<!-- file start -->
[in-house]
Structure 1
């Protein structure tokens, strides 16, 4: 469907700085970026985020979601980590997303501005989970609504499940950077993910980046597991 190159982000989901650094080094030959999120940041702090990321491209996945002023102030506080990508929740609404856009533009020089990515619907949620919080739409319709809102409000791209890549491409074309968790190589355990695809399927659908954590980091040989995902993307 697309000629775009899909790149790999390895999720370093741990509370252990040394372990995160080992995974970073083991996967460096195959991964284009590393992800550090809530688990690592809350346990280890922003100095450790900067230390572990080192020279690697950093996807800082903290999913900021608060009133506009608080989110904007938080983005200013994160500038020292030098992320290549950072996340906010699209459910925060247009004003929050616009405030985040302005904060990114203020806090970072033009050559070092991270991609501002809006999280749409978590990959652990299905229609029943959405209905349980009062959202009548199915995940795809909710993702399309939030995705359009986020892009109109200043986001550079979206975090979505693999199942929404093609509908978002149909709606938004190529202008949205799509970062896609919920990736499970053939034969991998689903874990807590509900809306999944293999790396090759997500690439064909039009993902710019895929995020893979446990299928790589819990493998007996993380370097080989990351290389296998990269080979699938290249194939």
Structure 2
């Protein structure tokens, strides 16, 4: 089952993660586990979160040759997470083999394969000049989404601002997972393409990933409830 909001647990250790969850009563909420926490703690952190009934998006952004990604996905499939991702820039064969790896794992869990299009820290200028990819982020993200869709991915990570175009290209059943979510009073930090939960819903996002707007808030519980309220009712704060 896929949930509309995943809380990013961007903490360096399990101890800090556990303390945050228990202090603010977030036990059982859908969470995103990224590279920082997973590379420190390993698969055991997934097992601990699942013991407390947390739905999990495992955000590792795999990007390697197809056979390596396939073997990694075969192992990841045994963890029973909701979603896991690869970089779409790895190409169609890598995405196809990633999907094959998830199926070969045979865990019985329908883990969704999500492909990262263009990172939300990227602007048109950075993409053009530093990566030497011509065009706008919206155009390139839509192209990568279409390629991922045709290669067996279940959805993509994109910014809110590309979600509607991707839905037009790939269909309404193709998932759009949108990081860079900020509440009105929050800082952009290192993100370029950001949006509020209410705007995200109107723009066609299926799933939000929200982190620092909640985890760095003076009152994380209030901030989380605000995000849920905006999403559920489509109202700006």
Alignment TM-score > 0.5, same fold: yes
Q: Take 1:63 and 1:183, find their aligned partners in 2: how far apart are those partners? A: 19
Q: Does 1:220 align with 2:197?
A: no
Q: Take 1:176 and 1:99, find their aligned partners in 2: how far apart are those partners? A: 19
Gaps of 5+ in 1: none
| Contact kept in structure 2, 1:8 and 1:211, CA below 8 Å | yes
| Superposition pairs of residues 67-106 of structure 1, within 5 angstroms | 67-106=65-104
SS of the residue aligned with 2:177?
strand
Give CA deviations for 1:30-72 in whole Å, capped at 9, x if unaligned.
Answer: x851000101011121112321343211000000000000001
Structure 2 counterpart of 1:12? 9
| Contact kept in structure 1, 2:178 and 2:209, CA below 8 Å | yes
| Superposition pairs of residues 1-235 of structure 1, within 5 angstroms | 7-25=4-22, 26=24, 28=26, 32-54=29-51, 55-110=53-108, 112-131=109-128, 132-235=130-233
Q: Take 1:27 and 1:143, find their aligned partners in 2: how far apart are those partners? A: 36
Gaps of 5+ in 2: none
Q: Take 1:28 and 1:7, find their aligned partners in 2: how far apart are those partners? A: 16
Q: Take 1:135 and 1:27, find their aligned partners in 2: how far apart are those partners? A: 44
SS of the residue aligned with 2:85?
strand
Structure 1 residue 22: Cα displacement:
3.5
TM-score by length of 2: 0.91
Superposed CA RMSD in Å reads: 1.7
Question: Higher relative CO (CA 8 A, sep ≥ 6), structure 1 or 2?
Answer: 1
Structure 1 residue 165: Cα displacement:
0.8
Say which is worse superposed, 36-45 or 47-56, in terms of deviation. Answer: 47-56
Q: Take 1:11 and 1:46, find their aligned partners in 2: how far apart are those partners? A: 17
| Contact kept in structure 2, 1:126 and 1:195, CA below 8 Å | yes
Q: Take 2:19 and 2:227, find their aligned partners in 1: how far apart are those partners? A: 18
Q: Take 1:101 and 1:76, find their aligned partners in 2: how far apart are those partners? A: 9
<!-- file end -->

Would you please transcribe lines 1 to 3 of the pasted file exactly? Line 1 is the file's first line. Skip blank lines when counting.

[in-house]
Structure 1
């Protein structure tokens, strides 16, 4: 469907700085970026985020979601980590997303501005989970609504499940950077993910980046597991 190159982000989901650094080094030959999120940041702090990321491209996945002023102030506080990508929740609404856009533009020089990515619907949620919080739409319709809102409000791209890549491409074309968790190589355990695809399927659908954590980091040989995902993307 697309000629775009899909790149790999390895999720370093741990509370252990040394372990995160080992995974970073083991996967460096195959991964284009590393992800550090809530688990690592809350346990280890922003100095450790900067230390572990080192020279690697950093996807800082903290999913900021608060009133506009608080989110904007938080983005200013994160500038020292030098992320290549950072996340906010699209459910925060247009004003929050616009405030985040302005904060990114203020806090970072033009050559070092991270991609501002809006999280749409978590990959652990299905229609029943959405209905349980009062959202009548199915995940795809909710993702399309939030995705359009986020892009109109200043986001550079979206975090979505693999199942929404093609509908978002149909709606938004190529202008949205799509970062896609919920990736499970053939034969991998689903874990807590509900809306999944293999790396090759997500690439064909039009993902710019895929995020893979446990299928790589819990493998007996993380370097080989990351290389296998990269080979699938290249194939």